Payment of wages: When and how
When and how your wages must be paid
Your employer must pay you on your agreed pay day – which means the day of the week and the pay period (for example, fortnightly) that you agreed to when you started work. Your employer can’t change your normal pay day without your agreement.
Your wages must be paid in cash unless:
- your employment agreement specifies another form of payment (like an automatic payment), or you’ve otherwise agreed in writing to another form of payment, or
- you’re absent from work when wages are paid, or
- you’re employed by a local council or the government.
Your employer must pay you the entire amount of your wages without making deductions, subject to certain exceptions. See “When can my employer dock my pay?” below.
When can my employer dock my pay?
Your employer can only make deductions from your wages in these limited situations:
- if you’ve asked for or agreed to the deduction in writing, which could be through having a general deductions clause in your employment agreement (you can change your mind at any time by giving a written notice to your employer)
- if the deduction is legally required – for example, child support payments or court fines
- in some cases when you’ve been overpaid. See below, “What happens if I’m overpaid?”.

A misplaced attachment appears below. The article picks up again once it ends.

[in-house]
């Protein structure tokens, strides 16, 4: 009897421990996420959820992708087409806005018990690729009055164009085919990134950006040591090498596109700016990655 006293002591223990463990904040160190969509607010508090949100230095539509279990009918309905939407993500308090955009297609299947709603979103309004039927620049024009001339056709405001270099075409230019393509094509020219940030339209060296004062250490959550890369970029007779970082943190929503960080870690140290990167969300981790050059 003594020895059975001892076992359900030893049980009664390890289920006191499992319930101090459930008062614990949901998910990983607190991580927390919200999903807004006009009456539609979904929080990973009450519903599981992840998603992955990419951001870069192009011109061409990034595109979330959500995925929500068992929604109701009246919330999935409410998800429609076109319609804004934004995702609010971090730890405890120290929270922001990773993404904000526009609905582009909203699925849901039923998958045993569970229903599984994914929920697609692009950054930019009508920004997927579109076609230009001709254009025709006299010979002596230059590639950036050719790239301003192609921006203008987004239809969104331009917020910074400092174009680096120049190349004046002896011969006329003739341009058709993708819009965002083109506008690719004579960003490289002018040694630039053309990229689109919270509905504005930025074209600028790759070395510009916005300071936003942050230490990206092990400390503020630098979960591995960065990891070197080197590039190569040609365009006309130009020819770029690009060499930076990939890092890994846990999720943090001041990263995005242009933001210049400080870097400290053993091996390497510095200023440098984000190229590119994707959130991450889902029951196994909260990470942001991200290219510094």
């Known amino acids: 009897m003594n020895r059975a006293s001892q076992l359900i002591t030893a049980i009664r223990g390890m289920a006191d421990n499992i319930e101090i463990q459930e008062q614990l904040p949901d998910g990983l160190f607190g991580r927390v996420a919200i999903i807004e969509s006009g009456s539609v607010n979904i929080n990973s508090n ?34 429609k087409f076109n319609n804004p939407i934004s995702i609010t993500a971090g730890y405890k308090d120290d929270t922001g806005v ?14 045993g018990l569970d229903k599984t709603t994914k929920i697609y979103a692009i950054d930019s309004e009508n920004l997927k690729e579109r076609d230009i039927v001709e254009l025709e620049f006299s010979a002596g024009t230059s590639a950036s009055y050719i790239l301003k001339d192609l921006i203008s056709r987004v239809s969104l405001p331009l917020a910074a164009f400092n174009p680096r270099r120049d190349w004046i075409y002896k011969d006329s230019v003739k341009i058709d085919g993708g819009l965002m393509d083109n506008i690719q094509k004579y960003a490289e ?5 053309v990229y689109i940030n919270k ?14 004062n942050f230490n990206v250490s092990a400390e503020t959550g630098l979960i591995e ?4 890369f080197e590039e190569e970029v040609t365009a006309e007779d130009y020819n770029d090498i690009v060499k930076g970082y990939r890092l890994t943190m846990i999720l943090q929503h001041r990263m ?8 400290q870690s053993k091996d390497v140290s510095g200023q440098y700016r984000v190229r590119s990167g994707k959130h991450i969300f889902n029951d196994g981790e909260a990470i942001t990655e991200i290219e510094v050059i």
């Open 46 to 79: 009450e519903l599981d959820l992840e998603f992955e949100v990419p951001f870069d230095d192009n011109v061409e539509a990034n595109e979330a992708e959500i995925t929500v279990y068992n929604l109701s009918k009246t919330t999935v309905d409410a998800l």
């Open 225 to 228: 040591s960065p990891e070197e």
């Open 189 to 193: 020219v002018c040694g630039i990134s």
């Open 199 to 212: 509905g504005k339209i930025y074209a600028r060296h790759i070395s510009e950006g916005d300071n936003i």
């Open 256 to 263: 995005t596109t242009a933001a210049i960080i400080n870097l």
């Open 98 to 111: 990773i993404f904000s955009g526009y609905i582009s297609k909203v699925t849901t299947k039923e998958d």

You might have a general “deductions clause” in your agreement – for example, one allowing your boss to dock your wages if you’ve damaged something at work, like plates if you work in a restaurant. But they have to consult with you beforehand every time they make a particular deduction under this clause. The deduction also can’t be unreasonable – for example, they can’t deduct money for loss or damage that was caused by someone else who you had no control over.
What happens if I’m overpaid?
Your employer doesn’t have a general right to make deductions from your wages to recover overpayments that were simply due to miscalculations or other mistakes.
They can only recover an overpayment through making deductions when:
- you were paid the money for a period when you were either away from work without permission, or suspended, or on strike or locked out, and
- because of your employer’s payment method, it wasn’t reasonably practical to avoid the overpayment (for example, there was an equipment failure).
Your employer must also give you proper notice that they intend to recover the overpayment.
If your employer can’t legally recover an overpayment through deducting it from your wages, they can recover it in the same way as for other debts. However, you may not have to pay back an overpayment if the money was paid by mistake and you spent it after receiving it in good faith – that is, you believed you were genuinely entitled to it.
Otherwise your employer can only recover an overpayment by deducting it from your wages with your written permission.